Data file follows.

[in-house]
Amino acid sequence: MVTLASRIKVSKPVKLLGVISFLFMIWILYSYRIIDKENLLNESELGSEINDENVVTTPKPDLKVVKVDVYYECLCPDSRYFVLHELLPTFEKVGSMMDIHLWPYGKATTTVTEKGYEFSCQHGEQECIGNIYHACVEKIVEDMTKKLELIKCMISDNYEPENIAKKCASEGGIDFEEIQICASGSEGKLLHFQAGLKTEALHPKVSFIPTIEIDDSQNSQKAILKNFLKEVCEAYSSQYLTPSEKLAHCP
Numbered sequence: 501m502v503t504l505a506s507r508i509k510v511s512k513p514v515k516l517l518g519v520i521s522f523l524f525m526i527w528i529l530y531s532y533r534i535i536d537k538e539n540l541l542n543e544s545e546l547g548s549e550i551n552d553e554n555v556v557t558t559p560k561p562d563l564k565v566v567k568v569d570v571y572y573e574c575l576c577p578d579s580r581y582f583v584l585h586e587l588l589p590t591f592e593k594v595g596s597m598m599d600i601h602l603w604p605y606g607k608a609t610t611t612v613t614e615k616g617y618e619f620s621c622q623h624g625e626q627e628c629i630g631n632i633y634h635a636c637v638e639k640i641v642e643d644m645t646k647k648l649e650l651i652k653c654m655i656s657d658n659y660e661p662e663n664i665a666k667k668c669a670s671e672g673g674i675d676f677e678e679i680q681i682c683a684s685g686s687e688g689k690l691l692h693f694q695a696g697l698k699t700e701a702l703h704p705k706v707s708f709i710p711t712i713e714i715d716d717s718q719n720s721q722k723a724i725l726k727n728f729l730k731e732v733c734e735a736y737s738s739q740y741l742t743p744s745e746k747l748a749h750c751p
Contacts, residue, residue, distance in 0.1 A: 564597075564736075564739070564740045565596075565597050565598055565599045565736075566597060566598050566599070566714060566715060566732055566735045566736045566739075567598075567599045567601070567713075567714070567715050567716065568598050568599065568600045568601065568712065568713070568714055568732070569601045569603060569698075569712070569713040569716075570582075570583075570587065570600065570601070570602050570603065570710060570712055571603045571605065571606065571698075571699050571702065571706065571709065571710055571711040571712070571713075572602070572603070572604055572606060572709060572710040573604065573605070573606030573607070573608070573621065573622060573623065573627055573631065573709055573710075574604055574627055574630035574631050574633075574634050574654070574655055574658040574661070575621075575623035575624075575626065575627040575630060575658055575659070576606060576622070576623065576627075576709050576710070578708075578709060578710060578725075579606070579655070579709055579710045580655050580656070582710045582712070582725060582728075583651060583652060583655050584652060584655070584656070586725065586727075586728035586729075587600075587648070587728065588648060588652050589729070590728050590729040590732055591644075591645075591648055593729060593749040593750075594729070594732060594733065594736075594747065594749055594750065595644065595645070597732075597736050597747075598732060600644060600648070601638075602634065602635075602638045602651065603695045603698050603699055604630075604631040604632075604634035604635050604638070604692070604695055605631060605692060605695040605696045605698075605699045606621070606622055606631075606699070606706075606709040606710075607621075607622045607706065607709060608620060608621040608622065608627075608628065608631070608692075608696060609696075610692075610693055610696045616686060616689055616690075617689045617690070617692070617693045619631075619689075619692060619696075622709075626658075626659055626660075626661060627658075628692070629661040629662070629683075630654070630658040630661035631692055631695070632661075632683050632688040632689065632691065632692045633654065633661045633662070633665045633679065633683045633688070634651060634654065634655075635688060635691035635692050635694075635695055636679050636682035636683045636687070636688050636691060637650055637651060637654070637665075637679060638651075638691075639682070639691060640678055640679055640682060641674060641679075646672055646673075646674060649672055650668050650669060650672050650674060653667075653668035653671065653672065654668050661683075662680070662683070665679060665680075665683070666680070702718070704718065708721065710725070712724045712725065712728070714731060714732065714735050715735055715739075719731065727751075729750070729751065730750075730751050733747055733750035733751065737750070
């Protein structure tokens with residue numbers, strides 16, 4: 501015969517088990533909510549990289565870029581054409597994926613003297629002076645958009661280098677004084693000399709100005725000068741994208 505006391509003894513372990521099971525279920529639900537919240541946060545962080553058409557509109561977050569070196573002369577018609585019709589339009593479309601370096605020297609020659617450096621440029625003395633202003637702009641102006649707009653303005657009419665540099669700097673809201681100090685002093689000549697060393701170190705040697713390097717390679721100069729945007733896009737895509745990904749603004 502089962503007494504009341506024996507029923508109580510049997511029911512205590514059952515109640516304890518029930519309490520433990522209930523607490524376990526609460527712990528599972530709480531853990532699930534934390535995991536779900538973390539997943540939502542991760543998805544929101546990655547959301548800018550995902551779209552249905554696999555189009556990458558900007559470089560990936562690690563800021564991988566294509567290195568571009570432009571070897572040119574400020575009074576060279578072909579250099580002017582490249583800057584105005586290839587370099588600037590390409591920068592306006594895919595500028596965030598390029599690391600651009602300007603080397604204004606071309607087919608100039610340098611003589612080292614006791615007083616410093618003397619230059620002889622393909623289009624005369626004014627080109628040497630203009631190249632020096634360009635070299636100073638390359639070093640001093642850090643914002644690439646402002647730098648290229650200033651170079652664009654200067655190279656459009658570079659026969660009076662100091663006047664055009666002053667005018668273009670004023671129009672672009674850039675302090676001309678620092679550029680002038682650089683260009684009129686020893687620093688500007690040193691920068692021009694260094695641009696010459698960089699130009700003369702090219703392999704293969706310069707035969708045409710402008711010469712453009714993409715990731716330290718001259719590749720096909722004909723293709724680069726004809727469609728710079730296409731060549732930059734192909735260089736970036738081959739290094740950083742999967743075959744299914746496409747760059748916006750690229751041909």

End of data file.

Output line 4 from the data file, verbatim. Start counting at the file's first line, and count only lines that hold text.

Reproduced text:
Contacts, residue, residue, distance in 0.1 A: 564597075564736075564739070564740045565596075565597050565598055565599045565736075566597060566598050566599070566714060566715060566732055566735045566736045566739075567598075567599045567601070567713075567714070567715050567716065568598050568599065568600045568601065568712065568713070568714055568732070569601045569603060569698075569712070569713040569716075570582075570583075570587065570600065570601070570602050570603065570710060570712055571603045571605065571606065571698075571699050571702065571706065571709065571710055571711040571712070571713075572602070572603070572604055572606060572709060572710040573604065573605070573606030573607070573608070573621065573622060573623065573627055573631065573709055573710075574604055574627055574630035574631050574633075574634050574654070574655055574658040574661070575621075575623035575624075575626065575627040575630060575658055575659070576606060576622070576623065576627075576709050576710070578708075578709060578710060578725075579606070579655070579709055579710045580655050580656070582710045582712070582725060582728075583651060583652060583655050584652060584655070584656070586725065586727075586728035586729075587600075587648070587728065588648060588652050589729070590728050590729040590732055591644075591645075591648055593729060593749040593750075594729070594732060594733065594736075594747065594749055594750065595644065595645070597732075597736050597747075598732060600644060600648070601638075602634065602635075602638045602651065603695045603698050603699055604630075604631040604632075604634035604635050604638070604692070604695055605631060605692060605695040605696045605698075605699045606621070606622055606631075606699070606706075606709040606710075607621075607622045607706065607709060608620060608621040608622065608627075608628065608631070608692075608696060609696075610692075610693055610696045616686060616689055616690075617689045617690070617692070617693045619631075619689075619692060619696075622709075626658075626659055626660075626661060627658075628692070629661040629662070629683075630654070630658040630661035631692055631695070632661075632683050632688040632689065632691065632692045633654065633661045633662070633665045633679065633683045633688070634651060634654065634655075635688060635691035635692050635694075635695055636679050636682035636683045636687070636688050636691060637650055637651060637654070637665075637679060638651075638691075639682070639691060640678055640679055640682060641674060641679075646672055646673075646674060649672055650668050650669060650672050650674060653667075653668035653671065653672065654668050661683075662680070662683070665679060665680075665683070666680070702718070704718065708721065710725070712724045712725065712728070714731060714732065714735050715735055715739075719731065727751075729750070729751065730750075730751050733747055733750035733751065737750070